In this post I will setup a simple parametric Catia model of a Pinewood Derby Car (PWD-C). All files are available for download at the end of the post including a PDF of the drawing template. The motivation to create this model are:
- Introduce basic Catia workflow
- Develop parametric CAD models with dynamically linked assemblies and drawings
- Quickly design with drawings automatically updated to trace with a band saw
- Introduce engineering tools to my son (*never too early to brainwash my minion*)
In this post I’ll be going over: parts, assembly and drawing creation. Then shaping of the body will be performed using splines and style curves where you will see several designs created by Pete, my 7 year old son.
(*No childhood memories were harmed in the making of this post. Aside from setting up the Catia model and running the band saw my 7 year old son Pete did all real the work.*)
- Basic part design
- Shaping car
- Updated assembly
- Updated drawing
- Finished real car!
Basic Part Design
In Catia there are many modeling strategies that can be used. Here I employed a simple approach having the wheel and axle in a single CATPart and created a separate CATPart for the car body. In future posts I will go into some of the modeling strategies such as: top down, bottom up along with their merits and hurdles.
Wheel and axle
The wheel and axle are standard parts with no modification allowed, in our league. Two sketches were created on the XZ plane. Each started with an axis aligned with the Z axis and their length was dimensioned corresponding to the overall length of the part. I find that if you have the first sketch entity to scale then your as sketched geometry is usually quite close to the actual dimensions requiring little manipulation upon dimensioning. If you click the little down arrows on icons in toolbars there are additional commands. In the case of the circle command there are multiple ways to define a circle or arc segment. From here lines and arc segments defined the shape and dimensions were placed to fully define the sketches.
Then the trusty calipers were brought out to fully define the sketches. Each sketch was revolved into their own part body.
Block with axle holes
A basic standard block shape was created. Axle holes were parametrically dimensioned referencing the distance from the edges of the block. The block was extruded half of the width and then mirrored to complete the block. This assures symmetry during the stylizing. Wheels were drawn in concentric to the axles and output as sketch features which were extruded as surfaces for visualization purposes when stylizing the block in later steps.
The car body was placed in the assembly and fixed in position. The wheel/axle parts were added to the assembly. A coincident constraint was added between the axle and axle holes in the car body. Another coincident constraint was added to the inner edge of the wheel and the side of the block. This procedure was repeated for the other wheels.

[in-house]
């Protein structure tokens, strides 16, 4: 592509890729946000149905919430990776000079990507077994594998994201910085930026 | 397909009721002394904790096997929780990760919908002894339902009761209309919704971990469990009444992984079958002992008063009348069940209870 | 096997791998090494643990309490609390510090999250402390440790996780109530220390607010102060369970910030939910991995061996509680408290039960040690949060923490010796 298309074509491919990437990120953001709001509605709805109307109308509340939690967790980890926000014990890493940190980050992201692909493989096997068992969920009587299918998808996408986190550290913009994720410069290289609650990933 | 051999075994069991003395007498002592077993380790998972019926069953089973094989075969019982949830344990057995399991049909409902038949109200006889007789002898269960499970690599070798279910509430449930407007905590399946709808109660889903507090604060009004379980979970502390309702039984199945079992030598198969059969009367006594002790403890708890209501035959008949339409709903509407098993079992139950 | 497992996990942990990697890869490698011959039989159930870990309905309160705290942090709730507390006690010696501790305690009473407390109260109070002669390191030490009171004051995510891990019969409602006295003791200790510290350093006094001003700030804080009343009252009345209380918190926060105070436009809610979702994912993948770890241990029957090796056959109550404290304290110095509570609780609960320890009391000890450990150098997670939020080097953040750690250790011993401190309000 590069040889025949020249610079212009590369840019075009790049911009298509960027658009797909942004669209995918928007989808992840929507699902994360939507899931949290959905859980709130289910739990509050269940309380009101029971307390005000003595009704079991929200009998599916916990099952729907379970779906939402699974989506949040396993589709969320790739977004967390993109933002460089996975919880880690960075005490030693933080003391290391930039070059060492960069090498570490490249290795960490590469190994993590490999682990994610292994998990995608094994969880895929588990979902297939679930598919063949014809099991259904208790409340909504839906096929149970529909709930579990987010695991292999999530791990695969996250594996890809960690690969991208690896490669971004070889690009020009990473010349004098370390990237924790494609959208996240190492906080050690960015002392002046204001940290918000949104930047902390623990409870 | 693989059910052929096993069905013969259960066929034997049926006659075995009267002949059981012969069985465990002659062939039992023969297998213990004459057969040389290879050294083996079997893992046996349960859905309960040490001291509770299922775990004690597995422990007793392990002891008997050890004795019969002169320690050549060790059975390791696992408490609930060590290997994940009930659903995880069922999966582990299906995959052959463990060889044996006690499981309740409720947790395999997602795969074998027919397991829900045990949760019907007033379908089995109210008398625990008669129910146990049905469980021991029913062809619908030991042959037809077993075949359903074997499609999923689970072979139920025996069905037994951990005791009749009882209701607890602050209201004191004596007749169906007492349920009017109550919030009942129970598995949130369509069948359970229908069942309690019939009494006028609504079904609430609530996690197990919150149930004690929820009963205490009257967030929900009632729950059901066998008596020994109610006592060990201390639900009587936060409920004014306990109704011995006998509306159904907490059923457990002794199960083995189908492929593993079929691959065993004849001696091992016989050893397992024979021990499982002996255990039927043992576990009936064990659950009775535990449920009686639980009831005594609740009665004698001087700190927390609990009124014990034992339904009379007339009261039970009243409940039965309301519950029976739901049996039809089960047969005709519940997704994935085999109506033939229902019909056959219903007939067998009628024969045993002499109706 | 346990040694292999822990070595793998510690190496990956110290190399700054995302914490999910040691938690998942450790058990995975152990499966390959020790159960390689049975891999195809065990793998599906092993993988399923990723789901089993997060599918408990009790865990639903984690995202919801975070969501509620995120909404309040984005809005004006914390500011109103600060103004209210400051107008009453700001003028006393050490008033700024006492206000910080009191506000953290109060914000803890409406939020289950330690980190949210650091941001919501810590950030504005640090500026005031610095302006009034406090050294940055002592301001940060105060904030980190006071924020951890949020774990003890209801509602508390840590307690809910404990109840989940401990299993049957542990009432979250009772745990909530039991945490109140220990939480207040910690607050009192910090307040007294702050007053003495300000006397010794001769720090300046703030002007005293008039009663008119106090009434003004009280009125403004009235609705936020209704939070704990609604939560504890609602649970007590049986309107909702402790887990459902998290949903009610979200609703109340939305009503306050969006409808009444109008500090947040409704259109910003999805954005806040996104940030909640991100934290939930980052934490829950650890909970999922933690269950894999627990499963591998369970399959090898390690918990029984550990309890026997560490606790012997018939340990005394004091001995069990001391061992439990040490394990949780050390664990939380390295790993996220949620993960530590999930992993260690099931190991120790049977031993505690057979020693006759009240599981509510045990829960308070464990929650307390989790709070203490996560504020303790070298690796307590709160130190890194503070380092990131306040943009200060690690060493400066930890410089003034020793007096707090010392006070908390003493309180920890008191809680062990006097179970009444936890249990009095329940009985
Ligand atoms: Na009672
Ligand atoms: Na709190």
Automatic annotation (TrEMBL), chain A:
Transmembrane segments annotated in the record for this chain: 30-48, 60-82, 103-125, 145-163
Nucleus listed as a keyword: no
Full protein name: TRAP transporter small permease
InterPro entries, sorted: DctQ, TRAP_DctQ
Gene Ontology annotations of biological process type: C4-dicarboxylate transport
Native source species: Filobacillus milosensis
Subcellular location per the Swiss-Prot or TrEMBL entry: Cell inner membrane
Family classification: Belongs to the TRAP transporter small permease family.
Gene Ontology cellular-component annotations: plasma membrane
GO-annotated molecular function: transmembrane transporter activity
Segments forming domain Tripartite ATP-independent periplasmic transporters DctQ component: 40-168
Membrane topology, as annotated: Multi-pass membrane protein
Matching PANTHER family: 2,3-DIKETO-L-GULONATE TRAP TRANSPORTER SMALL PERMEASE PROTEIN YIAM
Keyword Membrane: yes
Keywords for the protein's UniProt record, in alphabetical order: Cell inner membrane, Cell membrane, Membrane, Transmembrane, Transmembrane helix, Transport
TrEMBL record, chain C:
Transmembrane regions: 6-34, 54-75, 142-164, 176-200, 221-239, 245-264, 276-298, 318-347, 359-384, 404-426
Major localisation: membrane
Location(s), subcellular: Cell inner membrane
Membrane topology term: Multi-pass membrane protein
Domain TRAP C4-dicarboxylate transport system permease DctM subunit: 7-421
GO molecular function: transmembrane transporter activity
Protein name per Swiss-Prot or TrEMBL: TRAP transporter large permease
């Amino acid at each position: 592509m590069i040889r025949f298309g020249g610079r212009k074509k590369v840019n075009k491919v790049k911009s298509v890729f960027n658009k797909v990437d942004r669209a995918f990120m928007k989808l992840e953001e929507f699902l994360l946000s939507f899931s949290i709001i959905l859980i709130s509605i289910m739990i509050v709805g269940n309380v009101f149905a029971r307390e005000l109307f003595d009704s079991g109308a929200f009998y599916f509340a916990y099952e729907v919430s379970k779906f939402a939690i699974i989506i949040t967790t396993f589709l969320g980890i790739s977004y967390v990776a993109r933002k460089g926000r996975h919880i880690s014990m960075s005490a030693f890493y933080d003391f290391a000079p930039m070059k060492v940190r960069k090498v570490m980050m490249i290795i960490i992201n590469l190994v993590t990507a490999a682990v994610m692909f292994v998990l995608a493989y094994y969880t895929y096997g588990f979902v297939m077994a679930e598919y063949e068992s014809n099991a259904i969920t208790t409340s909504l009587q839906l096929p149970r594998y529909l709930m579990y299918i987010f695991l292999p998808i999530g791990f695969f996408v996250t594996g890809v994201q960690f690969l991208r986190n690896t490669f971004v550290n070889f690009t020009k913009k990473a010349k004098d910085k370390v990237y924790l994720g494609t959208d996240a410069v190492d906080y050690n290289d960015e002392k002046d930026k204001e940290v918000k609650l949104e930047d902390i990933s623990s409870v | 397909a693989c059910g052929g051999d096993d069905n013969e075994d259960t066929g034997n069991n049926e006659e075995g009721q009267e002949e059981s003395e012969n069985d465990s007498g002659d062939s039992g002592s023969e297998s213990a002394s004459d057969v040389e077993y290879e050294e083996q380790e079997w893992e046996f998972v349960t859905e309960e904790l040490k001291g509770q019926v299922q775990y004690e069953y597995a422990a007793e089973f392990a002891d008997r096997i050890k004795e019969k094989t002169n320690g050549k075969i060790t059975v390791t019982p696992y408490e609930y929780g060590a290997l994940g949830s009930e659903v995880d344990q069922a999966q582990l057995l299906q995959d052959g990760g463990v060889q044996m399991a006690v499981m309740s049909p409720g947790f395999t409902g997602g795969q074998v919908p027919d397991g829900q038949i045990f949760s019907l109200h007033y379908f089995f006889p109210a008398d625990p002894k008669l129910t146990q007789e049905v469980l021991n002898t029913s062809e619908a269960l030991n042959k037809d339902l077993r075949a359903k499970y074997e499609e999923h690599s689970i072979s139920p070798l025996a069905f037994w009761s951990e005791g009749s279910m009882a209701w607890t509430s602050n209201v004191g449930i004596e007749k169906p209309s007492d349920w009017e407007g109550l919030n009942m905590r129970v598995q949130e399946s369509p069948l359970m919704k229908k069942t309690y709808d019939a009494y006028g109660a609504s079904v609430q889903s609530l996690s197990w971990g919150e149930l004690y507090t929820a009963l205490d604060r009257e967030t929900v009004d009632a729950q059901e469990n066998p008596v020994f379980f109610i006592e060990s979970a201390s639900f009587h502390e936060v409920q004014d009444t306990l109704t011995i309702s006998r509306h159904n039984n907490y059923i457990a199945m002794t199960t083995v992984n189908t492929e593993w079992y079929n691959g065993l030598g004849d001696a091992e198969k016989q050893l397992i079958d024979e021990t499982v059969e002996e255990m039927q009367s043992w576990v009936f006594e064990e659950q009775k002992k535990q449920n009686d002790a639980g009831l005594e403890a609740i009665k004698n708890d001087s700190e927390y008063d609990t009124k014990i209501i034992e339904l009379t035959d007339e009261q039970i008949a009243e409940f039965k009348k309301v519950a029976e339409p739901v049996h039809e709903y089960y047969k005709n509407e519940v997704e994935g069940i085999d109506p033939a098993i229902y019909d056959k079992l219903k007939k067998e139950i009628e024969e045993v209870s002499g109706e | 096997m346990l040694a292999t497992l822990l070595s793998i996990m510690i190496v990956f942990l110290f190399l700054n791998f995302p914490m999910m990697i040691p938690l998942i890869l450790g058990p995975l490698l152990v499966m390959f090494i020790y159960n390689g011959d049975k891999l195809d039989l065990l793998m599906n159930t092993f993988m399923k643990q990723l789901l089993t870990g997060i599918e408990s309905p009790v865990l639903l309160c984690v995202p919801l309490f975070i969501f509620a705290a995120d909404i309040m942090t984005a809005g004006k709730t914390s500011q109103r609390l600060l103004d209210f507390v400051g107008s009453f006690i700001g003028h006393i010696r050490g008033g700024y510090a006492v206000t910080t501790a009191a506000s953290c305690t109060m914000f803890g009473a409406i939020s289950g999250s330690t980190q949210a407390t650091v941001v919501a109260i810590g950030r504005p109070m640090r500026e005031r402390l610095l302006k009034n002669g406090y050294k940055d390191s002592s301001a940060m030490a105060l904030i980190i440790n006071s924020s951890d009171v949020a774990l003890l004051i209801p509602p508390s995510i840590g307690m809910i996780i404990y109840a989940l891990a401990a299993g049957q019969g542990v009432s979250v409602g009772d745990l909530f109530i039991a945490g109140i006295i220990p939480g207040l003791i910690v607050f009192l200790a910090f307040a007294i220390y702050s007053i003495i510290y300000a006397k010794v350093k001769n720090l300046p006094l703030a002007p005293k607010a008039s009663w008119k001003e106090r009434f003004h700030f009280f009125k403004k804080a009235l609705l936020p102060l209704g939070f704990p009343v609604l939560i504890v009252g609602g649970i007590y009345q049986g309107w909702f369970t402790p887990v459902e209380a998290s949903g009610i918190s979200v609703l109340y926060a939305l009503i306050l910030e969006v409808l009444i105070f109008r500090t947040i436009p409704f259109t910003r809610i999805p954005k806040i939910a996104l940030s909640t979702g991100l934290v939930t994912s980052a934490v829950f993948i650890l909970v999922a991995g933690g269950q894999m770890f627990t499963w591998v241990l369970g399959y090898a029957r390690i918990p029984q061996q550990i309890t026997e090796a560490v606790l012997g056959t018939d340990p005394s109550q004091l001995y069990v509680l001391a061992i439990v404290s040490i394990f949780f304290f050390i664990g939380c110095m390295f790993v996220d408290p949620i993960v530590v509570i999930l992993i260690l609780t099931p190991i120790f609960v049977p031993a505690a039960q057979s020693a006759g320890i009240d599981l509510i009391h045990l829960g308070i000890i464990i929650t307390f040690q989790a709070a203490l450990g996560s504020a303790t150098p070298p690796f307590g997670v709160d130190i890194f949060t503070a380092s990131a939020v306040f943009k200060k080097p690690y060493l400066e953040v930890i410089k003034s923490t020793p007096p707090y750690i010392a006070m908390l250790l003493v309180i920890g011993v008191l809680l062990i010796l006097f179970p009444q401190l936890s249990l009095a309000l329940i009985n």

View creation wizard was used to create orthogonal view of the assembly. Unlike most engineering drawings this one’s only purpose was to create a 1:1 scale drawing of the top and side views which will be glued to the block and cut with a band saw. Because of this no dimensions or annotations were provided it’s also the reason for the odd and cramped arrangement so that it fits on a standard A4 (8.5×11″) paper. This scale drawing is also provided in PDF form for downloading for your own PWD-C for your kid, troop or even you to use (I know you want to make one too).
As is often the case in engineering the manufacturing method can dictate the acceptable design space and this case is no different. The desire is to use a band saw to cut the side profile and then to cut the top profile. The model was created to accommodate this by using 2 extruded cuts. Sketches created on the top and side planes were created with splines. My son Pete then manipulated these splines by dragging their handles or adjusting the tangency angles.
He was very happy with his results but I could see how the manipulation methods were constraining him from creating his desired geometry smoothly. I replaced the splines with Imagine & Shape sketch curves. Sketch curves allow you to repeatedly draw the desired shape and the curves evolve much like drawing on paper with a pencil and eraser. Below you can see his final design along with the sketch curves in orange.
Using this same model I added in a wood grain and modeled up my younger daughter Meg’s (daddy’s) car by simply redrawing the sketch curves.
The assembly updated with the new design. Pete wanted it dark blue with fillets in black.
The drawing also updated with the new design. It was printed, cutout and glued onto the block of wood.
Finished Real Cars!